The complex of the Portico d'Ottavia is the only one preserved of the large porticoes that limited the square of the "Circo Flaminio" on the northern side. This area today corresponds to the ancient ghetto. Between 27 and 23 BC, it was rebuilt by Augustus, in place of the oldest Portico of Metellus, and dedicated to his sister Ottavia.
It was later restored and partially rebuilt in 203 by Septimius Severus, after a fire in 191, a period to which most of the currently visible remains belong.
The complex, a four-sided portico of 119 x 132 meters, included the "Temple of Juno Regina", which was then joined by the "Temple of Jupiter Stator", the first in Rome entirely in marble, two libraries, Greek and Latin, and the Curia Octaviae, a large public meeting space. Today, only the south-eastern corner and the entrance vestibule of the complex remain.
In ancient times, its interior was a sort of open-air museum, because it housed a large number of artworks, such as the turma Alexandri, a bronze work depicting Alexander the Great and his knights, created by Lysippos.
In the Late Antique and Medieval Age, the porticoed spaces of the monument were used for the sale of fish, characterizing this area as "Forum piscium" or "Pescheria Vecchia", the main city fish market that remained active until the end of the 800. The stone to be found to the right of the Portico’s great arch is all that has survived. The Latin inscription on the arch speaks of the tradition whereby the Conservatori or Magistrates of Capitol Hill should be given every fish, from the head down to the first fin, whose length was longer than this stone.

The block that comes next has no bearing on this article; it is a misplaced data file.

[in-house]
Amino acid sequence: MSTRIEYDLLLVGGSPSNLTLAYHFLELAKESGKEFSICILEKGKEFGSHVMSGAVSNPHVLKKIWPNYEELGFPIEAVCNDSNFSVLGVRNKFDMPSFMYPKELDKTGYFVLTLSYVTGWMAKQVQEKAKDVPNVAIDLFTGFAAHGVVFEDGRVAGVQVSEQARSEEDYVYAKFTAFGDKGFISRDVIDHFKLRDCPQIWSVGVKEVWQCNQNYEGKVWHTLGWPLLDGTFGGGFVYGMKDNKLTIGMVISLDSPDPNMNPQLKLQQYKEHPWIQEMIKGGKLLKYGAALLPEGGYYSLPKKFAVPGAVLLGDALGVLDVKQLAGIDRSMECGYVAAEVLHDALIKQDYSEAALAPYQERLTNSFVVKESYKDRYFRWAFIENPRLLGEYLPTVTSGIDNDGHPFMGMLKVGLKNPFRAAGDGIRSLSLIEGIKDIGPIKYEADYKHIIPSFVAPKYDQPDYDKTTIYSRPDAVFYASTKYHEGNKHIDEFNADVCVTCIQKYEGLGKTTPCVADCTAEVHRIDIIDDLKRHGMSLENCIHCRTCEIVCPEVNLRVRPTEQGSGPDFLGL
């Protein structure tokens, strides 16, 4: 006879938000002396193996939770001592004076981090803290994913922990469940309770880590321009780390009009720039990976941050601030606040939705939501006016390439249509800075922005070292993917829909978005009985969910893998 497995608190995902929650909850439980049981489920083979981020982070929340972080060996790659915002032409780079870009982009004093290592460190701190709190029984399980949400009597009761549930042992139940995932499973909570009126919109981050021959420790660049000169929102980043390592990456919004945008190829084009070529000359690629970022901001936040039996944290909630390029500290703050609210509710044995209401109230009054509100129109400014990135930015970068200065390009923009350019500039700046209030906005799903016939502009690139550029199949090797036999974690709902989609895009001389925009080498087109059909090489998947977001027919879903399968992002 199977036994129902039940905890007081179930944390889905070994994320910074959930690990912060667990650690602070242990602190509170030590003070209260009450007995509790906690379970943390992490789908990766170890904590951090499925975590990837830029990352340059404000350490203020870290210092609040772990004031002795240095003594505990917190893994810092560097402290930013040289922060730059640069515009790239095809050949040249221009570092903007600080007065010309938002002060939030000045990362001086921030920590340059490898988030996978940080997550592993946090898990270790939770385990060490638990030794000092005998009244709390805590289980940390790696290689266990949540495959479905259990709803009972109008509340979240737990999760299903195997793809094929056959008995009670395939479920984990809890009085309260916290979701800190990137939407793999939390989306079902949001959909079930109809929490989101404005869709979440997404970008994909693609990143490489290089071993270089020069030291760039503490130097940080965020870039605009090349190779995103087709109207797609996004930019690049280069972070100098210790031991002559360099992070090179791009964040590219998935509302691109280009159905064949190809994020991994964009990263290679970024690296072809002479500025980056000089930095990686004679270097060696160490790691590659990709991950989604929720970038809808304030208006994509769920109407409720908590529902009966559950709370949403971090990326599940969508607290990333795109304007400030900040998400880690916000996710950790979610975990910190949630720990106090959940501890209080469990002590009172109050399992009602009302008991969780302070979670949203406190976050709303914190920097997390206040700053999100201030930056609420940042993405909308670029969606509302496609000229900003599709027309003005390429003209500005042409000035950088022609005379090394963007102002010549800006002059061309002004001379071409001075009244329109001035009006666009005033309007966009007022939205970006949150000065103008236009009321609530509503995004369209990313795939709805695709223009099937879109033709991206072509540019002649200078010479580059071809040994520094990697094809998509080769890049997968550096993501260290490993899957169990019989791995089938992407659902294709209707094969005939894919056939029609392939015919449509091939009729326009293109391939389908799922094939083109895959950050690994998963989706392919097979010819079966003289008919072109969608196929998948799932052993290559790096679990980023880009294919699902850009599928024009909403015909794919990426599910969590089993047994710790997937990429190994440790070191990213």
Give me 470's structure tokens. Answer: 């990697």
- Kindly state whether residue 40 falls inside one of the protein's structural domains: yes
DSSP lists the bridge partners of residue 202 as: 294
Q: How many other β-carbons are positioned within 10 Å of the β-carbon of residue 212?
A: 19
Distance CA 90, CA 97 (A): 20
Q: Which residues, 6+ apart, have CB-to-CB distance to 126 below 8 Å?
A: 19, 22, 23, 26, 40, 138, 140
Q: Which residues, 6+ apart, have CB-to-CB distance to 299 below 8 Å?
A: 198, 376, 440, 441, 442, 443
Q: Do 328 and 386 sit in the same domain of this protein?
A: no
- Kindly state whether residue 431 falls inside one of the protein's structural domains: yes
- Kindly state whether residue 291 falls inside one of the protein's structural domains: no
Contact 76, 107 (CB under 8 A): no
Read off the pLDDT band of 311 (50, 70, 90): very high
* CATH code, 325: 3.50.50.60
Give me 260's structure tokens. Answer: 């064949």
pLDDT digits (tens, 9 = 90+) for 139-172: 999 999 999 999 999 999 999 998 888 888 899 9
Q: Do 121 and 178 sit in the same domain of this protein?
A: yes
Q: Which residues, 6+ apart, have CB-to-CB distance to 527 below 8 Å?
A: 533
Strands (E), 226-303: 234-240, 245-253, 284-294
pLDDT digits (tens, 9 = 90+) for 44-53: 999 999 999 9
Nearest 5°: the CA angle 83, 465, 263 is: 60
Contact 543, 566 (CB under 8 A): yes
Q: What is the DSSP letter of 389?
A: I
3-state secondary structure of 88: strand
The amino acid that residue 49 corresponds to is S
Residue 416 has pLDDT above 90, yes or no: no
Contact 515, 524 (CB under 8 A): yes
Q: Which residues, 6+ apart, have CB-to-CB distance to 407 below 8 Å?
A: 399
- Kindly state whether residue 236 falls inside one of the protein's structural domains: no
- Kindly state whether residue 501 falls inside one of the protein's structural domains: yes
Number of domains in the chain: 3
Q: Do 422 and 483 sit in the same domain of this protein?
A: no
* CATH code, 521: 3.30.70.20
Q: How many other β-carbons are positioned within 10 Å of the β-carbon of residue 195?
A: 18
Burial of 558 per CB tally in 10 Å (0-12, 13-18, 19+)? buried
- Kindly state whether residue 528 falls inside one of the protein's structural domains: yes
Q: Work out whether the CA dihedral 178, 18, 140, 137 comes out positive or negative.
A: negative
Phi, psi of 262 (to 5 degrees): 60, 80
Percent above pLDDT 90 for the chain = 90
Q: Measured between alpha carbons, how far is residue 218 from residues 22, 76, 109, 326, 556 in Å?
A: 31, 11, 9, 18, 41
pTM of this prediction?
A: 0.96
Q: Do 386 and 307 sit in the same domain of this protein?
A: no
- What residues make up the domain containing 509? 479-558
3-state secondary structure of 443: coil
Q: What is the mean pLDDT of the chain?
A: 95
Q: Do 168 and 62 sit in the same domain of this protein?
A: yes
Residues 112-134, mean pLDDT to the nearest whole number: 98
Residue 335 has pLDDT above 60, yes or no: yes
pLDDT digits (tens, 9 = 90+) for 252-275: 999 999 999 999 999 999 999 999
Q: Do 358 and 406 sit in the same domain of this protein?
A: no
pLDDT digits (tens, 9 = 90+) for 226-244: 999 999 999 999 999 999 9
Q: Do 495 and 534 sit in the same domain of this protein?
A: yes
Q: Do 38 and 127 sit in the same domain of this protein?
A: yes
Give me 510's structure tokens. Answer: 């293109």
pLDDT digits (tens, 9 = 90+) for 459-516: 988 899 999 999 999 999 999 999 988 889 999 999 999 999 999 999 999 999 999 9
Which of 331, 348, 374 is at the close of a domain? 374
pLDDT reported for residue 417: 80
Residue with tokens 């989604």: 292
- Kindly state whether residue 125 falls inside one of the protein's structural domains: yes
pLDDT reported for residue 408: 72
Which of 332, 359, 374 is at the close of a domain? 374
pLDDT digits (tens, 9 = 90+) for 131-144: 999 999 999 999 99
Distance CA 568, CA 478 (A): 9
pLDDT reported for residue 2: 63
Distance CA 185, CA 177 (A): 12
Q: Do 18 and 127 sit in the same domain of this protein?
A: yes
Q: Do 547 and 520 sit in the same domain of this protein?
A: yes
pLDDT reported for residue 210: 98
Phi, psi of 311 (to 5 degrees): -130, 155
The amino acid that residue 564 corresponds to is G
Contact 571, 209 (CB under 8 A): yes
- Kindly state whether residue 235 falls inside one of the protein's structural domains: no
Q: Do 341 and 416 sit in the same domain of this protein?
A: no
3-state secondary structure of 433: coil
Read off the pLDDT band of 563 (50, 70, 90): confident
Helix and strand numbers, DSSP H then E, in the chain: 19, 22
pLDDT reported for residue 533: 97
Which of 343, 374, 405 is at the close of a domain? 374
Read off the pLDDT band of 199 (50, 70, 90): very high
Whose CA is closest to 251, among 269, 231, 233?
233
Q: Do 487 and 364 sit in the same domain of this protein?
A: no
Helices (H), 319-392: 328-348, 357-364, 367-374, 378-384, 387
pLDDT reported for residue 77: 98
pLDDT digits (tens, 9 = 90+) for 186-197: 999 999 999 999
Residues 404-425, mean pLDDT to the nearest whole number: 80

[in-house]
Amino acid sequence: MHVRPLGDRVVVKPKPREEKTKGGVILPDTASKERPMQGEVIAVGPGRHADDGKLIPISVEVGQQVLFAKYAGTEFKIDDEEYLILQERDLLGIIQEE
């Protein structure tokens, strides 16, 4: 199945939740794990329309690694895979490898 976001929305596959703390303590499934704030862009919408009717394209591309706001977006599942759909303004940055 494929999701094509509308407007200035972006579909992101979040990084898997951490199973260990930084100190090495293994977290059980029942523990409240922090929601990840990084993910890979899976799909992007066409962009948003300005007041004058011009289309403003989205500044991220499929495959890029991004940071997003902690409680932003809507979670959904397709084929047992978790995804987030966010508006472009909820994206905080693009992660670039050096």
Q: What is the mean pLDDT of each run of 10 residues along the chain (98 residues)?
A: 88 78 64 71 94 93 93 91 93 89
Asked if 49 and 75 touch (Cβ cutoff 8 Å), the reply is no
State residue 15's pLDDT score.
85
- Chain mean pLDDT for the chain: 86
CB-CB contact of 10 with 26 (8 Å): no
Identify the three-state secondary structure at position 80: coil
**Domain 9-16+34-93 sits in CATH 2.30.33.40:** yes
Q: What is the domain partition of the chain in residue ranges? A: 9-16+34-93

In the last quarter of the 8th century, the spaces of S. Angelo in Pescheria church were built on the structures of the Portico and the adjacent monuments, incorporating one of the rear columns and part of the tympanum, still visible inside the church.
It was from the Portico of Octavia that, in 1347, Mid-14th century Politician Cola di Rienzo set out to conquer Capitol Hill on the day of Pentecost.
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